CBL & Associates is going to have to get busy, and unfortunately, there’s not much time to waste.
Ultimately, success and/or failure boils down to the quality of the market and fundamentals driving the real estate.
So I cashed in my Washington Prime Group chips and began planting seeds in more stable ground, hoping that one day the higher-quality retail REITs would blossom.
It’s hard to believe the day has finally arrived that my local Sears (NASDAQ:SHLD) store is shutting down. According to CNBC, “Sears plans to shutter 72 more stores, with closing sales starting in the near future”. The company provided the names of 63 of its locations set to close (with the additional nine forthcoming).
As I scanned the store closure list, it was really not a big surprise that my local Sears store was closing, I even wrote a detailed history on the mall around a year ago, where I explained:
“Westgate Mall was built in 1975…at the time, Interstate-26 had just opened and Spartanburg, South Carolina, was ripe for retail expansion… But now, the big 1,000-pound gorilla, Sears, is getting restless, and more precisely, the market is getting restless.”
Keep in mind, I wrote that article before the mall’s landlord, CBL Properties (NYSE:CBL), whacked the dividend. I should have been more defensive perhaps, but I had a feeling that Sears was ultimately going to close down the store:
“This Mall is almost a “ghost town” and I can’t imagine how CBL intends to “transform”.
Guess what? CBL is going to have to get busy, and unfortunately, there’s not much time to waste. There’s a $35 million loan that matures in 4 years (July 2022), and occupancy is 83% (was 81% in my last article).
The 954,000-square foot mall is considered a “Tier 2” mall by CBL, and sales for the property are $342 (average sales for Tier 2 are $343 per square foot). CBL has a third bucket, Tier 3, in which sales are $300 per square foot.
But wait, also close to home, there is yet another Sears store set to close, in Anderson, South Carolina. This mall is not owned by CBL but its direct peer, Washington Prime Group (NYSE:WPG).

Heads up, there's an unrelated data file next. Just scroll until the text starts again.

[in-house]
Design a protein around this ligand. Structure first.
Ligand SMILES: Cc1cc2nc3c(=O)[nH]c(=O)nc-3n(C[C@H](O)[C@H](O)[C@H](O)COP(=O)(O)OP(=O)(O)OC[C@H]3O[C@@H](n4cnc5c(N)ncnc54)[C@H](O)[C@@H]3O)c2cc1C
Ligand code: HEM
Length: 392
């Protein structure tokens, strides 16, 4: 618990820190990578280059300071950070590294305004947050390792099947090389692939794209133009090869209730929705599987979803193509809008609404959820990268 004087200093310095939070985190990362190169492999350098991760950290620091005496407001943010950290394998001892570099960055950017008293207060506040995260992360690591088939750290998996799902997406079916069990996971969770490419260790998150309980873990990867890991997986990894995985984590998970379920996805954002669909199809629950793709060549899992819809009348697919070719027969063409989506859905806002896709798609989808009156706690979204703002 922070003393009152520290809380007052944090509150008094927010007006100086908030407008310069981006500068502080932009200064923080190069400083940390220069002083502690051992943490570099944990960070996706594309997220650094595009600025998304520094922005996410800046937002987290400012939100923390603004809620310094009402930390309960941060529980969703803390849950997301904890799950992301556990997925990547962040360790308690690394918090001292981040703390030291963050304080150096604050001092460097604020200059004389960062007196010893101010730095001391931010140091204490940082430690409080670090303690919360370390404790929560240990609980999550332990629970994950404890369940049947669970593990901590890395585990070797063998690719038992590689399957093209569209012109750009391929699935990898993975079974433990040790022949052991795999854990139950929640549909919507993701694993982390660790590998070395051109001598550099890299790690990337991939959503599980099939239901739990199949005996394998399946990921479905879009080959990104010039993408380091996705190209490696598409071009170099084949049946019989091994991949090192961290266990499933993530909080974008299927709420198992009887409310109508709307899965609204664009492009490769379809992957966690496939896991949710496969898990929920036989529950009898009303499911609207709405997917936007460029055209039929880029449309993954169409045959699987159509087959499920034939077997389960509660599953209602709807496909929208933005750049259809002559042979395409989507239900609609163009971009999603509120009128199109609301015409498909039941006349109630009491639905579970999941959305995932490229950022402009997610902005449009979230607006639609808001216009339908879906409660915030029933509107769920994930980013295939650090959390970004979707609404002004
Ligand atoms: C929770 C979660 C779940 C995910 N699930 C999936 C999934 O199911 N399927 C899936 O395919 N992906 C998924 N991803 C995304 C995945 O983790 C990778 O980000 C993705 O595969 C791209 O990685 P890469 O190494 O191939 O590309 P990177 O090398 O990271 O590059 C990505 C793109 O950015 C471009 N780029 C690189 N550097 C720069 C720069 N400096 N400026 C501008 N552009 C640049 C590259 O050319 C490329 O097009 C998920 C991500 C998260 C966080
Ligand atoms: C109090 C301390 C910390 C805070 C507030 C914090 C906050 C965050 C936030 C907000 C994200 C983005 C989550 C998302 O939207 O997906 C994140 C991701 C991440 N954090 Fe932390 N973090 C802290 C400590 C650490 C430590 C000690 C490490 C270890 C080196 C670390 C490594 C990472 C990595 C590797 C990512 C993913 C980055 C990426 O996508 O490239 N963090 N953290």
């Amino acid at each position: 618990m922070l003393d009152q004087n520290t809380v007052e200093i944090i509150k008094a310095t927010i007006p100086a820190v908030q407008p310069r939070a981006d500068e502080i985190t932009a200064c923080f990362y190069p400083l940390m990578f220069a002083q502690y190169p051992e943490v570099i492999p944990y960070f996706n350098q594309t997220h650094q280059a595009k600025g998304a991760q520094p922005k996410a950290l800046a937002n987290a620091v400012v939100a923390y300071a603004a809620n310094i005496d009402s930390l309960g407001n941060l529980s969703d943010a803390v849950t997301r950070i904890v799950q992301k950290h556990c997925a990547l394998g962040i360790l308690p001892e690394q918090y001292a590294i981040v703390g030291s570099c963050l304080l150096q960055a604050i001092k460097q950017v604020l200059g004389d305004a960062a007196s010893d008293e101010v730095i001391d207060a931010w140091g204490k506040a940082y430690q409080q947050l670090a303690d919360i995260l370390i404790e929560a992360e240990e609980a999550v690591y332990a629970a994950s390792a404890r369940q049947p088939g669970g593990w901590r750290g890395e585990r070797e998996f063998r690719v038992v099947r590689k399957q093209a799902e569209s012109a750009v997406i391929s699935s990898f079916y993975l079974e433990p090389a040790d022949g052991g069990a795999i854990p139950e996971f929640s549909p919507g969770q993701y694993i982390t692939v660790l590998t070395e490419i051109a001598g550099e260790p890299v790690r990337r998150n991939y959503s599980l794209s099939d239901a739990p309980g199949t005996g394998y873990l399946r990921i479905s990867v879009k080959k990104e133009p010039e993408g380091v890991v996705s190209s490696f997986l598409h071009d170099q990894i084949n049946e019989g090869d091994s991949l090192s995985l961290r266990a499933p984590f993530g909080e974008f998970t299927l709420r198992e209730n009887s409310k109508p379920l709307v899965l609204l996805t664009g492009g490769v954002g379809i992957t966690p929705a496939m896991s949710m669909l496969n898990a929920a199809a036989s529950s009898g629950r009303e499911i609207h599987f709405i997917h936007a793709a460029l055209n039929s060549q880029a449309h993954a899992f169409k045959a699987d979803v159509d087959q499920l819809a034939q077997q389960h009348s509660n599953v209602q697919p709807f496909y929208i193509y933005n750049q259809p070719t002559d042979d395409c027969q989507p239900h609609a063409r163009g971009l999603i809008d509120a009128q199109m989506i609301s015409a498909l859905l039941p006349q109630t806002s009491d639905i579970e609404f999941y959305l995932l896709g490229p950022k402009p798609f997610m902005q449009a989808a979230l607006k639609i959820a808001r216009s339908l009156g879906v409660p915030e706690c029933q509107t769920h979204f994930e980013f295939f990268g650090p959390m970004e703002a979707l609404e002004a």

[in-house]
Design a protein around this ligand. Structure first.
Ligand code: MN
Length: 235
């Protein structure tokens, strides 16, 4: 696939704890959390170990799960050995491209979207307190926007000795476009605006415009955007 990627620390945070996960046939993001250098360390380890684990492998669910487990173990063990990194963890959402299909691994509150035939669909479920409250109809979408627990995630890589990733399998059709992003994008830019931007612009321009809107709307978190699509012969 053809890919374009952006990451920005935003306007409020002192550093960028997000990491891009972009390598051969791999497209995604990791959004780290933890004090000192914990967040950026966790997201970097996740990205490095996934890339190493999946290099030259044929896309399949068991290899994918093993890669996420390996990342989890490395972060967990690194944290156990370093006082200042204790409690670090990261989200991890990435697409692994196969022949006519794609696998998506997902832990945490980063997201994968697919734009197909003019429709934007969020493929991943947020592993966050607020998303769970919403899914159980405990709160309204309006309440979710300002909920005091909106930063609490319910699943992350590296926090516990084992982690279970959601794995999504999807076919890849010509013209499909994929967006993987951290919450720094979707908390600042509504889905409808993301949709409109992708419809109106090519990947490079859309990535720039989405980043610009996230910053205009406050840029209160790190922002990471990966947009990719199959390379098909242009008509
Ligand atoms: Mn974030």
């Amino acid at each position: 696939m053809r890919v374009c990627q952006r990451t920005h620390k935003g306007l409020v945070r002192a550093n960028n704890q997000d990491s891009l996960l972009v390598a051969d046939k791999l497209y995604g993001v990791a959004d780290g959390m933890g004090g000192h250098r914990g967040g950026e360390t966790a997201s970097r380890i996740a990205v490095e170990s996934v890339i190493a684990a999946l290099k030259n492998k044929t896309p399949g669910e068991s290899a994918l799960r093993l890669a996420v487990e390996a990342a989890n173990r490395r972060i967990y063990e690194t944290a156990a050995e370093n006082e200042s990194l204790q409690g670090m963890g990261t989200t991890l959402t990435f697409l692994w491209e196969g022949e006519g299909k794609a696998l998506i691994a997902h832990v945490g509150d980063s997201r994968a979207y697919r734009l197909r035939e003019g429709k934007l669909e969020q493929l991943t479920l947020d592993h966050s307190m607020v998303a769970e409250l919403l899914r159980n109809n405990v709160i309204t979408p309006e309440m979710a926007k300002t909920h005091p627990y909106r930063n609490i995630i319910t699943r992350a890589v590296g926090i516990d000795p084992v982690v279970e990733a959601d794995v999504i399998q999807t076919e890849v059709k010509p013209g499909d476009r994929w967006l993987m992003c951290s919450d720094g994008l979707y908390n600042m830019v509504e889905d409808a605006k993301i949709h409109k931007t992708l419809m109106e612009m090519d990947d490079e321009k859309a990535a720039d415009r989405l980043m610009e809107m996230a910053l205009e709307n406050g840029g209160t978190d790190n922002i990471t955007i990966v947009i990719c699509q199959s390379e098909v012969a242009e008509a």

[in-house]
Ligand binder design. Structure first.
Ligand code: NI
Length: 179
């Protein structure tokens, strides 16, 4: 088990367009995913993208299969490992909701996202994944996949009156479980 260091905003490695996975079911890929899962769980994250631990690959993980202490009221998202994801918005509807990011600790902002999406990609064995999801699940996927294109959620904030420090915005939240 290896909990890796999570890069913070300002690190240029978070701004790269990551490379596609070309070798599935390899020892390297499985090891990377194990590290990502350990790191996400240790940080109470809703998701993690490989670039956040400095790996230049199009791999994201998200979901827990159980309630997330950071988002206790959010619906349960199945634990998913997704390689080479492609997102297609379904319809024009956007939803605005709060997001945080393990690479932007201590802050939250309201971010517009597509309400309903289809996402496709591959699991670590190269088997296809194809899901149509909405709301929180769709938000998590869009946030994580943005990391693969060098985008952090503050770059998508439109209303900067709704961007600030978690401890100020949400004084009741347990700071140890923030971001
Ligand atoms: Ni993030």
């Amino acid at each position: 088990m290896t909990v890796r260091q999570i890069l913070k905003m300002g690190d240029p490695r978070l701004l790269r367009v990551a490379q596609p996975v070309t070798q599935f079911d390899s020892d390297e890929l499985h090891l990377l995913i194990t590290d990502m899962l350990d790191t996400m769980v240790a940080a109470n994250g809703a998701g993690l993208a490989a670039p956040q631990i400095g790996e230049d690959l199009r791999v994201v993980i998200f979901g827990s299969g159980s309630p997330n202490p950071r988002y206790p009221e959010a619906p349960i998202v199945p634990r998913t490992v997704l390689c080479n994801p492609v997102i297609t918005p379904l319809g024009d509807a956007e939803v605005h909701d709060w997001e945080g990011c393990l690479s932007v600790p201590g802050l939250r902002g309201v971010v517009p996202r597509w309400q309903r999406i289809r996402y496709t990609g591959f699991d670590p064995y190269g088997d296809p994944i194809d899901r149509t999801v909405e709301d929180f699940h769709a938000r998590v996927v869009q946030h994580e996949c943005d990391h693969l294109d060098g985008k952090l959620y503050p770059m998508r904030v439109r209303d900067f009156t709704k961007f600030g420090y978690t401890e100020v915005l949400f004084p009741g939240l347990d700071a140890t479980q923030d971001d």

I know this property well – I actually purchased an outpad from the previous owner, Simon Property Group (NYSE:SPG), around twenty years ago to build a store for Hollywood Video and Lifeway Christian Books.
Anderson Mall is around 670,000 square feet and includes anchors Belk (OTCPK:BLKIB), Books-A-Million, Dillard’s (NYSE:DDS), J.C. Penney (NYSE:JCP), and Sears. The mall was constructed in 1972 and is 78.3% occupied (as of 12-31-17).
The winner, at least for now, is not CBL or WPG, but actually, SPG. As you can see below, SPG owns the dominant mall in Greenville, SC, Haywood Mall, that is anchored by Macy’s (NYSE:M), Dillard’s, J.C. Penney, Sears, and Belk. The 1.2 million-square foot property is 97.1% leased and includes Apple (NASDAQ:AAPL) and The Cheesecake Factory (NASDAQ:CAKE). Sears is not on the closing list at Haywood Mall.
With Sears closing down these two South Carolina stores, it suggests that CBL and WPG are going to have to work fast and furious to find replacement tenants. The list of creditworthy Big Box tenants is getting smaller and smaller, and soon the Toys-R-Us stores will be dark (in Spartanburg and Anderson), making it increasingly difficult for the mall landlords to lure in new tenants.
Also, both troubled malls are anchored by J.C. Penney, and that could be the nail in the coffin, the so-called “double-whammy”. For the bears who want to argue that dark malls are great redevelopment sites, I’m happy to debate the topic, especially these malls in my backyard.
Remember, I live in South Carolina, not Manhattan, where the highest and best use for these malls may include flea markets, used car lots, or bingo. Besides, co-tenancy is the wild card, and many of the older malls have clauses that make it more problematic to demolish and redevelop. If two anchors go dark, the small shop tenants generally have much more control, and since REITs must pay out dividends, it’s a game of time and money.
Many of you know that I pivoted within the retail REIT sector in February 2017, and in an article I explained:
“Class B and C Malls are in a secular decline and I’m not sure the cycle is at the bottom yet. While WPG is doing an excellent job with recycling and deleveraging, I believe that 2017 will be a year of the "haves" and "have nots", and I believe it could get worse before it gets better. In short, I’m sticking with the higher quality REITs!”
So, I cashed in my WPG chips and began planting seeds in more stable ground, hoping that one day the higher-quality retail REITs would blossom.
It’s now becoming increasingly clear that the bifurcation is more than a line in the sand. These lower-quality malls are looking more and more like “ugly ducklings” and the highest-quality names are looking more like SWANs.